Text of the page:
‘Challenge is to prevent the influx of drugs to the country’

1 March 2019 02:33 am - 3     - {{hitsCtrl.values.hits}}



Vice Admiral Piyal De Silva assumed office as the 23rd Commander of the Sri Lanka Navy in January. Having joined the Sri Lanka Navy as a Cadet Officer in 1984 he was commissioned as a Sub Lieutenant in February 1986. A recipient of the  Weera Wickrama Vibhushanaya— the third-highest military decoration awarded in Sri Lanka for individual acts of gallantry and  bravery—Vice Admiral De Silva is a veteran of Explosive Ordnance Disposal Diving. In an interview with the Daily Mirror, the newly appointed Commander of the Navy discussed memorable missions, current issues and challenges ahead.  

Vice Admiral Piyal De Silva


You were in command of the vessel which destroyed a crucial LTTE arms ship in September, 2007. What was the nature of your responsibilities during this crucial time period?

The event you referred to is only one incident. Before that I engaged in many counter terrorism activities. I’m specialised in deep sea diving and salvage and had the opportunity of using my knowledge and skills I gained with my specialisation to a great extent during the conflict. I also engaged in Explosive Ordnance Disposal work on land, as well as in the sea. My engagement in the sea is significant because I actively took part in clearing a number of sea mines as well as other Improvised Explosive Devises (IEDs) developed by the terrorists for maritime application. 
There were very unique IEDs designed by the LTTE for maritime application. They initially started with command wire, which were subsequently developed into independent mines. So when it became independent there was no requirement to man the device, but to lay the mine and leave. They developed it into a limpet mine. A limpet mine is a type of naval mine attached to a target by three magnets.  I was engaged in removing these mines in Trincomalee. The terrorists came up with this strategy to focus on an economical target and thereby impact the economy of the country. Their attempt was unsuccessful in this particular incident. Ordnance identification is a very crucial subject and this identification was through pure experience. 

What were some of the memorable missions during your career?

In one particular instance in 1991, I was provided with the information that terrorists had laid a string of mines, somewhere near a jetty. I removed the mines whilst the terrorist who laid them, was there on the shore, with the command wire, battery and binoculars. I removed eight sea mines during this incident, without the terrorist’s knowledge. In retrospect it was a daring task which I took on as a young lieutenant.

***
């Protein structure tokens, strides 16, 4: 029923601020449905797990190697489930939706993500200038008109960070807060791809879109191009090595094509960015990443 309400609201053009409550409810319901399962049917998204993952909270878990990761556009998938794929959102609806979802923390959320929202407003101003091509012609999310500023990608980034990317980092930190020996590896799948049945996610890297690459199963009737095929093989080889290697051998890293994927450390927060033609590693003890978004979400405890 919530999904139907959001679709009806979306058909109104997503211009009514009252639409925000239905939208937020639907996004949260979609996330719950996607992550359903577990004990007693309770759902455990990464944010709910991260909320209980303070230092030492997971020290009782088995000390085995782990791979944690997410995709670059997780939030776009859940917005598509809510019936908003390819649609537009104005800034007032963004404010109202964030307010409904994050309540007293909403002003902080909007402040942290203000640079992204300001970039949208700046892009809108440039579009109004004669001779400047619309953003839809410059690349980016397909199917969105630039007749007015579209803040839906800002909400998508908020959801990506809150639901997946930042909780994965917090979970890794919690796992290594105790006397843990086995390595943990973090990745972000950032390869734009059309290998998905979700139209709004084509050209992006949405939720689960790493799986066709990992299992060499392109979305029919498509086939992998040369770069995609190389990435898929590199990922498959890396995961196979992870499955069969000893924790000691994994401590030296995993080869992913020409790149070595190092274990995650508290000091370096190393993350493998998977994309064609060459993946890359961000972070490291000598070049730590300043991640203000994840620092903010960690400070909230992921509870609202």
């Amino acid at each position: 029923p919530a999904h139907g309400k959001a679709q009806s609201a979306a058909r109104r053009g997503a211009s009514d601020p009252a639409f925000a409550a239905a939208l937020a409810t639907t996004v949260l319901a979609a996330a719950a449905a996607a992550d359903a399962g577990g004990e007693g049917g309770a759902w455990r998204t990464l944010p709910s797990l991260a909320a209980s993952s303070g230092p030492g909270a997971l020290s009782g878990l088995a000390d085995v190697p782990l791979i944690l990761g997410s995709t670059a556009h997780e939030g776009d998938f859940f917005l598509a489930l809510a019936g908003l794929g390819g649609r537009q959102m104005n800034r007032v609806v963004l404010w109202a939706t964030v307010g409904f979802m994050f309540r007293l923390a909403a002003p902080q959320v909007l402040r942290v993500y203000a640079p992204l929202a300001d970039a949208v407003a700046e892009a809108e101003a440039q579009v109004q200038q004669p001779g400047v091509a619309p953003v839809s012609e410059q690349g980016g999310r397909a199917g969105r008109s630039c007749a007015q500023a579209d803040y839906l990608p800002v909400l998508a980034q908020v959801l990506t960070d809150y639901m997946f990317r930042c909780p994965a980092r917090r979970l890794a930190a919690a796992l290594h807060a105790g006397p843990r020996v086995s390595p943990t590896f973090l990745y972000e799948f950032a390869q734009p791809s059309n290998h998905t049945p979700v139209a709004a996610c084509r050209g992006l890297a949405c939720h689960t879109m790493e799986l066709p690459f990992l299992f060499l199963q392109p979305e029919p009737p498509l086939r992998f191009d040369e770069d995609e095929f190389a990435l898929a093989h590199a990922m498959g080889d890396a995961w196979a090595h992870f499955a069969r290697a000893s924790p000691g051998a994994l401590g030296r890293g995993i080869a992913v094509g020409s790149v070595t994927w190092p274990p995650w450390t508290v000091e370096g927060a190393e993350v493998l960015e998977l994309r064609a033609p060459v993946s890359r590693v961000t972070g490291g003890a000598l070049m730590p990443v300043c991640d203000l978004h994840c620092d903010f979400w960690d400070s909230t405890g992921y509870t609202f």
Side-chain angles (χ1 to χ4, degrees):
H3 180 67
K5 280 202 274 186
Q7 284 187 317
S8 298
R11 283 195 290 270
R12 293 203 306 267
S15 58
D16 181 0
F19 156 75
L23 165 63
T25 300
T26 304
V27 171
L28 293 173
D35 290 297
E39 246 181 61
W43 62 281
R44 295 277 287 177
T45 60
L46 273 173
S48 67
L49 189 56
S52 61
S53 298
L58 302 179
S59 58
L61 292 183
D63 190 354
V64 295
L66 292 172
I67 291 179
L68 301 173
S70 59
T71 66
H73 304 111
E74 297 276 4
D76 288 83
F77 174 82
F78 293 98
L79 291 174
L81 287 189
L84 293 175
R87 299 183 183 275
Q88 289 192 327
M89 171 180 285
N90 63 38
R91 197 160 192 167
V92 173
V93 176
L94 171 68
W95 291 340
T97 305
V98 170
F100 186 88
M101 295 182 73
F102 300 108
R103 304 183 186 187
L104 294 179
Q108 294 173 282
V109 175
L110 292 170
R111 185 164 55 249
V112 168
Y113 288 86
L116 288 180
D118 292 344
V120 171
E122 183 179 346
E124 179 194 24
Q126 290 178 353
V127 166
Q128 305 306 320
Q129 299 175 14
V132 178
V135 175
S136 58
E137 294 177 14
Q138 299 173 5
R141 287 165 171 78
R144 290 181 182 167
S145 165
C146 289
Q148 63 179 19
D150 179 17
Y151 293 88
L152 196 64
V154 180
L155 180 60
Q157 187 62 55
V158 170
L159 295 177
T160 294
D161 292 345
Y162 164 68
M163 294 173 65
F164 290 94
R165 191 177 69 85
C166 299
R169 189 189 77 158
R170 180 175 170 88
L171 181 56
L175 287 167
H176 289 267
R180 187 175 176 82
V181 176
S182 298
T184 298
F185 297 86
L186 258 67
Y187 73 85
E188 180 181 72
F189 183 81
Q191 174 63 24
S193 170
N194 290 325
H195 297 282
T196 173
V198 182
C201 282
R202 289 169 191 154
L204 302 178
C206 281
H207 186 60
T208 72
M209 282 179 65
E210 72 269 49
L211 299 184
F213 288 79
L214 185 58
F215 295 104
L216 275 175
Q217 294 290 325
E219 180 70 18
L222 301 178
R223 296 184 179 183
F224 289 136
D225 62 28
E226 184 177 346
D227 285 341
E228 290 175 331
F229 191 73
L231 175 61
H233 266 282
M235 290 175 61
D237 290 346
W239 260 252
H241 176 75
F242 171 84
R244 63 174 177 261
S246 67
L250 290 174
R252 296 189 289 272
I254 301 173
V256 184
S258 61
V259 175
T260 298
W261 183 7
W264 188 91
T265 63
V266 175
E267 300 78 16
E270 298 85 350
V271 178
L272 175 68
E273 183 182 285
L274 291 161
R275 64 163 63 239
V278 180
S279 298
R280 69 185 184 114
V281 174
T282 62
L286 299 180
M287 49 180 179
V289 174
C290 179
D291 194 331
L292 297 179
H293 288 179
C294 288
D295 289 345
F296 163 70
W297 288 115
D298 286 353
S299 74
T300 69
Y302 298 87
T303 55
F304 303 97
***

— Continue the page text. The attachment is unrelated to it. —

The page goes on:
Were there any challenges and hurdles you overcame during this time?

I engaged in rescuing 38 army personnel who were stranded during the Mullaitivu debacle for which I was presented a gallantry award. It was purely a voluntary contribution in saving the lives of these comrades. They were all injured except for two members of the Army medical corps. Of the 36, two died on the way and there were several who were critically injured. 
In 1996, there was another instance where I was involved in an offensive amphibious operation in which one of the boats was attacked by the terrorists. The boat was completely destroyed. Eight of our members including two officers succumbed to injuries during that operation. My boat too was attacked by a RPG which penetrated the boat. Unfortunately for them and fortunately for me, the attacker in haste, did not remove the safety pin before launching the RPG and therefore it didn’t explode. 
My most interesting command was the Sayura, the flagship vessel of the Navy from 2007 to 2009 until the termination of the war. The Navy at this time destroyed four gun donning ships while I was captain of Sayura. An operation was conducted under the mission commander leadership of Admiral Travis Sinniah. I must note that these missions were all group efforts of the Navy and the destruction of these crucial vessels turned the tide of the wave. 


"One of the most dangerous activities, which we discourage, is the use of explosives in catching fish. we apprehended considerable quantities of explosive sticks"

Which areas do you think would be a significant challenge for the Navy in future? 

Our classical role is to ensure that the maritime domain under our purview is safe, secure and serene, for trade to flow and for the harvesting of resources by our own people. Then we have another role, which is an obligation where the International Maritime Organisation ratification is concerned. We have been assigned a large search and rescue area and therefore the Navy is to engage in whatever search and rescue requirement which may arise within the domain under our purview. 
Since we don’t have a known enemy now, the most significant challenge is to prevent the influx of drugs to the country. It’s a serious challenge because the perpetrators use the sea routes in the guise of fishermen to smuggle drugs here. 

How is Sri Lanka placed in terms of non-conventional maritime threats?

The maritime trade is increasing daily. More ships in the domain mean that further enhancement of security will be needed. There would also be great amounts of maritime pollution. The shipping route from South Africa to Malacca Strait is one of the busiest. Whereas the shipping traffic from the Arabian and Red Sea is much less. However all these ships would be traversing close to Sri Lanka. The Navy is gearing up for potential threats and damage caused by maritime trade. 

In this context, are there any plans to purchase further additions to the current fleet?

We are due to receive two more ships this year; one from China and the other from the Untied States of America. Those are basically ships that are donated to Sri Lanka. We have a maritime strategy designed for 2025. Our modernisation takes place in line with the maritime strategy. By 2025, Sri Lanka Navy should possess 20 large ships. We would be able to enhance maritime surveillance and patrol, while supporting search and rescue further.